What are the Major Differences Between Veins and Arteries?

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Answered by: Ruth, An Expert in the Biology and Anatomy of the Human Body Category
The human body has a vast circulatory system that allows blood to travel from our hearts, at the center of the system, to the outer extremeties of our bodies and back again. Within the circulatory system, blood travels along two main types of blood vessels: veins and arteries. Even though they serve the same essential function -- carrying blood around the body -- there are a number of differences between veins and arteries.

The major difference between veins and arteries is the direction in which blood travels through them. Arteries carry blood away from the heart, while veins carry blood towards it. This seemingly small functional difference is actually very significant as it is because of this that there are major structural differences between veins and arteries.

Veins and arteries are both composed of the same three types of tissue, which is arranged in layers: the tunica media, the tunica intima, and the tunica adventitia. Many of the functional differences between veins and arteries stem from differences in the thickness of each of these layers depending on whether they make up a vein or an artery. The thinnest layer in both veins and arteries is the innermost layer, the tunica intima. The tunica intima is made up of a single layer of cells, which are in direct contact with the blood that flows through the vessel.

In arteries the thickest layer is the tunica media, the middle layer of the vessel tissue. The thickness of this layer varies depending on how close an artery lies to the heart. For example, the aorta, which branches directly off the heart itself, has the thickest tunica media of any artery. This is due to the fact that blood is pumped out of the heart through the left ventricle with great force, which the aorta must be able to contain. The aorta is able to handle the high pressure of blood flowing out of the heart because the tunica media is composed of smooth muscle and elastic tissue, which allow it to expand and contract in response to differences in blood pressure that occur between heart beats.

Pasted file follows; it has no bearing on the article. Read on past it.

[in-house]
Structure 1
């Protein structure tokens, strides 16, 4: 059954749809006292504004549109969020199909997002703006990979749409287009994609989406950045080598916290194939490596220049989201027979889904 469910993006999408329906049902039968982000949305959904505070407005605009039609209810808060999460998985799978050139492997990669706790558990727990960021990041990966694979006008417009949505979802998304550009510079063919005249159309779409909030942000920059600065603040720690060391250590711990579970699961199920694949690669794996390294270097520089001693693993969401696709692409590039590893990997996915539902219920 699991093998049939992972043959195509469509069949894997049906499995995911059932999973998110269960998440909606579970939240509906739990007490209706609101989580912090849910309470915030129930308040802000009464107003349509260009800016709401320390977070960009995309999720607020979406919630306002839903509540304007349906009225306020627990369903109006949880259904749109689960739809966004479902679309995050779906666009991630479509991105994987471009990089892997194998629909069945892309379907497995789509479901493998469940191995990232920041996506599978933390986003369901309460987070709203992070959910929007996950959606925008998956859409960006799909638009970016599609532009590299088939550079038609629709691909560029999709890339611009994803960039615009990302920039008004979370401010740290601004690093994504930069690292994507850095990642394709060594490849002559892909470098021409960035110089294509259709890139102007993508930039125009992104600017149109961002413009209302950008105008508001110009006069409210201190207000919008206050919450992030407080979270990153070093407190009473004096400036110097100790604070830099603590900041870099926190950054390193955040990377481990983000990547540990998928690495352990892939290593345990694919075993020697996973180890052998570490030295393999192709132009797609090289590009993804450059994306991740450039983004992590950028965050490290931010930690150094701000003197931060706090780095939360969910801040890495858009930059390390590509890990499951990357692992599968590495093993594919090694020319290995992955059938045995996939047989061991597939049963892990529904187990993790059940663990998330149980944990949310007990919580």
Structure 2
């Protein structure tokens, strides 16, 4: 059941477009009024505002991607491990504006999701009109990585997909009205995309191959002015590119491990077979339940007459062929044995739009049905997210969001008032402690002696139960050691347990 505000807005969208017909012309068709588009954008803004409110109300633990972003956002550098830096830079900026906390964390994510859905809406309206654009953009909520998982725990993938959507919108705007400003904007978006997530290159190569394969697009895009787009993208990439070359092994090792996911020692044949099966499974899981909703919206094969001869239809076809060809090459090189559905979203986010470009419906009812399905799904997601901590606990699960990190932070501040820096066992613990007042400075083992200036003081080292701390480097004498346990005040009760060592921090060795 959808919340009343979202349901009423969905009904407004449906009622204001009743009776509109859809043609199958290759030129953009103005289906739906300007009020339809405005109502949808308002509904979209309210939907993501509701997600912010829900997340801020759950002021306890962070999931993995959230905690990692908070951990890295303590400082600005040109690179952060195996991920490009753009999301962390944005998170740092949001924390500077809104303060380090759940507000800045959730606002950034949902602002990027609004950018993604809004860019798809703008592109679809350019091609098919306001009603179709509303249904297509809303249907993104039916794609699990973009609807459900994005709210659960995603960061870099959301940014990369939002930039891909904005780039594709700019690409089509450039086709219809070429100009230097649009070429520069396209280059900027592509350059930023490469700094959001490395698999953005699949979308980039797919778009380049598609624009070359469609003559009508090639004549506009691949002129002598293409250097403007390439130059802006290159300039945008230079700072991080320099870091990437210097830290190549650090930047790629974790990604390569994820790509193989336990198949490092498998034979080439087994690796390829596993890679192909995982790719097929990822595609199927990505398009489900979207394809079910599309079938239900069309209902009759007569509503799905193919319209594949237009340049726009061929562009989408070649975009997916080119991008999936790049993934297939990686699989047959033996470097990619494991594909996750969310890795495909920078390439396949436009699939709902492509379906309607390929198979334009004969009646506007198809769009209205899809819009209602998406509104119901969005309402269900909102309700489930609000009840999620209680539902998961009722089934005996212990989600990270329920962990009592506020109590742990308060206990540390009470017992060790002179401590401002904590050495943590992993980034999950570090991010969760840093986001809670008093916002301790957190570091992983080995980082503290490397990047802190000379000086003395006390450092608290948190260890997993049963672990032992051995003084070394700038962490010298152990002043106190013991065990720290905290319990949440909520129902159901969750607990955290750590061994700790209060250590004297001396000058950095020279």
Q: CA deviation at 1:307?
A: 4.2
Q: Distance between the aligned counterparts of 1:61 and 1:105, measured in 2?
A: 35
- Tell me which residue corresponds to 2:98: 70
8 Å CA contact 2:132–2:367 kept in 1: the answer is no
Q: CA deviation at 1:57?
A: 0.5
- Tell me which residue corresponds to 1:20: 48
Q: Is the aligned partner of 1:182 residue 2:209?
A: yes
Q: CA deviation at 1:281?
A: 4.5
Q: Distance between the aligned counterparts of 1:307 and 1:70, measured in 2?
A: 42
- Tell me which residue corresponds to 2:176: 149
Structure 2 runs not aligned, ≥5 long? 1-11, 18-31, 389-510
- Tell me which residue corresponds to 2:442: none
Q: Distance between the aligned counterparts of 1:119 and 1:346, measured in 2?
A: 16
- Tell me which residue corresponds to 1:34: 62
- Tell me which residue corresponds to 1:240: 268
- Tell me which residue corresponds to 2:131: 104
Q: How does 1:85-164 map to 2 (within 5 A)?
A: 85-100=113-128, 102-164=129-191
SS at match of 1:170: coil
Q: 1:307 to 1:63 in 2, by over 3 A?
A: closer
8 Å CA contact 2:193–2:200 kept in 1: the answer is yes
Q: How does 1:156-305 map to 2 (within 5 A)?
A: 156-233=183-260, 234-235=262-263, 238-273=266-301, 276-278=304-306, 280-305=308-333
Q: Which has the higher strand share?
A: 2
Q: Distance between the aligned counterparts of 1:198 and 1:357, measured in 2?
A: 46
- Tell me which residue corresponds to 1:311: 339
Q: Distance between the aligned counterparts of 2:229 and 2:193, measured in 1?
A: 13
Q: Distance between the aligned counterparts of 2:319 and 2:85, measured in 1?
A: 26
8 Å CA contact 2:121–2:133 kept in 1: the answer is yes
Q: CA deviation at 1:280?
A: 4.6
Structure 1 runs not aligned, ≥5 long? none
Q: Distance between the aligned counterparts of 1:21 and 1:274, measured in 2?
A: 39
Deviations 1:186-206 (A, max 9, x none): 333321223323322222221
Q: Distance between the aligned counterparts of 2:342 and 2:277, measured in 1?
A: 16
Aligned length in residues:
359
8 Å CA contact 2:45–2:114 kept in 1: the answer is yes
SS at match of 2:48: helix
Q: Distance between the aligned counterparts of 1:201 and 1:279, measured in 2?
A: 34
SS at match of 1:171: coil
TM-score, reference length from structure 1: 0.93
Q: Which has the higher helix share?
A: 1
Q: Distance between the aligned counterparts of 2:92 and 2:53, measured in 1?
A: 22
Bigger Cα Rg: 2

Further away from the heart, the tunica media in the arteries gets thinner, but it is still very thick relative to the tunica media of the veins as it provides structural stability and allows the arteries to maintain enough pressure for blood to move to the outermost parts of the body i.e. the head, fingers, and toes.

The thickest layer in veins is the tunica adventitia, which is also known as the tunica externa. This is the outermost layer of the blood vessel, which provides similar structural stability in veins to the tunica media in arteries. While blood is moved through arteries by the activity of the tunica media, it travels trhough veins using a different mechanism called 'skeletal muscle pump.' In skeletal muscle pump, blood is moved passively through the veins by the contraction of skeletal muscle throughout the body, which forces blood to move upwards towards the heart instead of pooling in the body's lower extremeties (the hands and feet).

This difference in the mechanism of blood flow also leads to one of the other major differences between veins and arteries: the presence of valves in veins. In large veins, the tunica intima contains valves. These valves ensure that blood travelling towards the heart via skeletal muscle pump cannot flow backwards and start to pool in the lower extremeties. Failure of the valves to close properly is the main cause of varicose veins, which occurs when the veins of the lower leg become enlarged due to the blood that collects in them instead of being forced back up towards the heart.

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